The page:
Such was the success of John Southland, that the RH&DR ordered a second and
almost identical locomotive five years later.
Delivered in 1989 this locomotive ran without nameplates and was known as 'Number 14', but from 16th June 2001 that all changed when she received the name 'Captain Howey' after the founder of the RH&DR.
Although some people may be surprised that the name of the founding father of the railway has been given to a diesel locomotive rather than a steam engine, it should be remembered that Howey built the railway as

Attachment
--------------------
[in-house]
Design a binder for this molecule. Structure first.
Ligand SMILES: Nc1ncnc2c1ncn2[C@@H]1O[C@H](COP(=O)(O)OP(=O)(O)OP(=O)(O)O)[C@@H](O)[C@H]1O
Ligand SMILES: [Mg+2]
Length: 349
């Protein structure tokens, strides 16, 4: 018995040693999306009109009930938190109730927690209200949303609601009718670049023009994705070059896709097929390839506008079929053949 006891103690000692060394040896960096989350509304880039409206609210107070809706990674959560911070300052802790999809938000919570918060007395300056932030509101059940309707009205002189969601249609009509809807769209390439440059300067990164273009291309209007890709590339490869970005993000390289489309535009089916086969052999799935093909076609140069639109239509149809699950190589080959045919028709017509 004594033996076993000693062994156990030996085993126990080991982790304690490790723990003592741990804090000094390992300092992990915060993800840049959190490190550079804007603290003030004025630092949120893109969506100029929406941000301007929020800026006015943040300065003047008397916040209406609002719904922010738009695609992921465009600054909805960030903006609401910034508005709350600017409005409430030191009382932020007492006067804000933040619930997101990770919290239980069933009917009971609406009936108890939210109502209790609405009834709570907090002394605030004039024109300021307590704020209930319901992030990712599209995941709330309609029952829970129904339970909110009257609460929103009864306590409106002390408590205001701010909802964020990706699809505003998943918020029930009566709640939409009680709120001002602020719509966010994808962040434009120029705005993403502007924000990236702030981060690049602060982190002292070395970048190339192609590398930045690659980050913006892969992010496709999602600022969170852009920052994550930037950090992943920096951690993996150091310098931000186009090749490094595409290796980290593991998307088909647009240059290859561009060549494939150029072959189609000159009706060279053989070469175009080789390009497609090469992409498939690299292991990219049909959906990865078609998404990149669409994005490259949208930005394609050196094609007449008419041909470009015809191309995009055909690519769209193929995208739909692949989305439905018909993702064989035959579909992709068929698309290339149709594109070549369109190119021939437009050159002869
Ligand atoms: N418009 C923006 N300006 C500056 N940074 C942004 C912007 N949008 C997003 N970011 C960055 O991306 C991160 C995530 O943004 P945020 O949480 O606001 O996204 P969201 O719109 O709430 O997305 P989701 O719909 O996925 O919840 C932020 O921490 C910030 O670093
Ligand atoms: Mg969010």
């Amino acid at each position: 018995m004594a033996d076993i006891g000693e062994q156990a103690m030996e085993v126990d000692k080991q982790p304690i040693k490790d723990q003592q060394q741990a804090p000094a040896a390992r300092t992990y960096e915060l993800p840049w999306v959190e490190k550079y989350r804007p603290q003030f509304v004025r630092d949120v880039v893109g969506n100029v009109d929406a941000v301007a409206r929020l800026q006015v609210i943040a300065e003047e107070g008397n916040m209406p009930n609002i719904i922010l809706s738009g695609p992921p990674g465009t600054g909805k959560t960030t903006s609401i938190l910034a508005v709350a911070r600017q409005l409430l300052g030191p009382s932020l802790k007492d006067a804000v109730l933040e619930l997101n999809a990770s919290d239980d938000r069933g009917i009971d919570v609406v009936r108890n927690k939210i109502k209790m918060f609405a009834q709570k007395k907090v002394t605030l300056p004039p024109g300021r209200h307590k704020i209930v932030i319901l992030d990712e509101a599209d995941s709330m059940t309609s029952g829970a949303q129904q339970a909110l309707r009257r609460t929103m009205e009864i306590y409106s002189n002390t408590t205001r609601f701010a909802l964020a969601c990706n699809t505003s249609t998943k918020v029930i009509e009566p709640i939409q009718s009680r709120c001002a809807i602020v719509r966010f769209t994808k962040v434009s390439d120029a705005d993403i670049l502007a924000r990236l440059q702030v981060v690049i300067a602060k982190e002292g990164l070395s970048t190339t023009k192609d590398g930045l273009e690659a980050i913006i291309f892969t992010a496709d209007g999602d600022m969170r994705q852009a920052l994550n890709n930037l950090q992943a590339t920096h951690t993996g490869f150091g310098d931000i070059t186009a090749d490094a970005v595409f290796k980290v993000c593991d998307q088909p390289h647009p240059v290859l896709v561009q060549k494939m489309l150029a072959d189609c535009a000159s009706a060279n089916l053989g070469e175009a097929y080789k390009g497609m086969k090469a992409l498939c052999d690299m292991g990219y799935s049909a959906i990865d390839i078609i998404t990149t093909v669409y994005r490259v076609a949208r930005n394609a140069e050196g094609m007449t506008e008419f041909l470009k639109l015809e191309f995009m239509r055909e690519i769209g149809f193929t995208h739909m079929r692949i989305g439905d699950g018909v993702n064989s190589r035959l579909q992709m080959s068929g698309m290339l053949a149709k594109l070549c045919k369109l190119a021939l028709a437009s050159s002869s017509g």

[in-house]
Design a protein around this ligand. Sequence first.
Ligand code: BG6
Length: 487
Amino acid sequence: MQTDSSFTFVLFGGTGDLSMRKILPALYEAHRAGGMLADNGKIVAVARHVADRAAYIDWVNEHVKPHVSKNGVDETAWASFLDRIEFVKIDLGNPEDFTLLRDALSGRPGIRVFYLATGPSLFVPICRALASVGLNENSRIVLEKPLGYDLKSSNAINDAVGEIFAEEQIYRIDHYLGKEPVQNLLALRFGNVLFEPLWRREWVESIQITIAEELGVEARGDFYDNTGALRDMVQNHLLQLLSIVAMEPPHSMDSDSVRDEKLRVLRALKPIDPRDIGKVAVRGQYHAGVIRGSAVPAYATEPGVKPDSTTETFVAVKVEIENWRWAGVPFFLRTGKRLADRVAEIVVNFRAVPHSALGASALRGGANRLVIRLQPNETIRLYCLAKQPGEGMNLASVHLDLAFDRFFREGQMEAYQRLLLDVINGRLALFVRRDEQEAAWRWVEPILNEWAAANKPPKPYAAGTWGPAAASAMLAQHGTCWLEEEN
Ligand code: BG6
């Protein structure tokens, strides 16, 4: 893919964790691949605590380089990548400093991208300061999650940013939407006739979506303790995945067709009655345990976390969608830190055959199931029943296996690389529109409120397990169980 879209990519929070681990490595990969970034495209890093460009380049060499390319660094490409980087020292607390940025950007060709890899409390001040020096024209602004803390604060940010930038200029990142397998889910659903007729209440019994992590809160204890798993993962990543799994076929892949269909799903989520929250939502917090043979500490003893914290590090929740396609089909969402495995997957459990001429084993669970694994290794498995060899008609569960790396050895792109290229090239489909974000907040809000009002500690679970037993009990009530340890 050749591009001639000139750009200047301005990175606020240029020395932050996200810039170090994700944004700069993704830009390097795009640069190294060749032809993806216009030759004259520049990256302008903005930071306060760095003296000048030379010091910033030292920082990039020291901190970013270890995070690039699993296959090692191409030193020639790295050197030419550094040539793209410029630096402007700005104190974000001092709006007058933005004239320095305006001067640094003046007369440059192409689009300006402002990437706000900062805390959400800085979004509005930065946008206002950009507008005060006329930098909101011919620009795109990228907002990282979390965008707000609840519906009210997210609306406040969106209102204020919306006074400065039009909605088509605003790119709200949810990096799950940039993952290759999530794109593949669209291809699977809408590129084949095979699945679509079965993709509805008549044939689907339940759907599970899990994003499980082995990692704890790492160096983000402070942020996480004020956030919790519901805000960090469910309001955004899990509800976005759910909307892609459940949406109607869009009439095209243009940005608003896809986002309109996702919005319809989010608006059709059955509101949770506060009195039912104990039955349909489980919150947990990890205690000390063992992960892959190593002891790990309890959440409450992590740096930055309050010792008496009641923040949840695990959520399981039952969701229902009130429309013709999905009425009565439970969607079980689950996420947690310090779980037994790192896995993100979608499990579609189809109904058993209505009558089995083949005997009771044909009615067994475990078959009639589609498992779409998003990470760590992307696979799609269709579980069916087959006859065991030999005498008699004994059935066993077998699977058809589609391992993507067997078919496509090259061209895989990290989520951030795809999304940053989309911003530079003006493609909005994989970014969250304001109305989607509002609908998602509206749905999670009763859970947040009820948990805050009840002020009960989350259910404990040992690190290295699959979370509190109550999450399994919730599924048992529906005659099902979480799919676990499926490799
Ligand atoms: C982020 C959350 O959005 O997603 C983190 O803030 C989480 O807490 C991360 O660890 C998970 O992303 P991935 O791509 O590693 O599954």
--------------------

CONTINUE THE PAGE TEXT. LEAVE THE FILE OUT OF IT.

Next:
a miniature version of a modern mainline.
He was also responsible for many experiments with different forms of motive power on the railway and converted his Rolls Royce into a passenger locomotive which he then proceeded to drive at alarming speeds across the Marsh.
Originally delivered in Union Pacific yellow and grey, 'Number 14' was repainted into the blue and cream livery of Eastbourne Buses
in 1993 to celebrate their 90th anniversary. The loco received a royal blue and silver livery in time for the Millennium and for her naming ceremony.
'Captain Howey' can often be seen hauling the school train during term-time and is also used for other passenger duties throughout the operating season.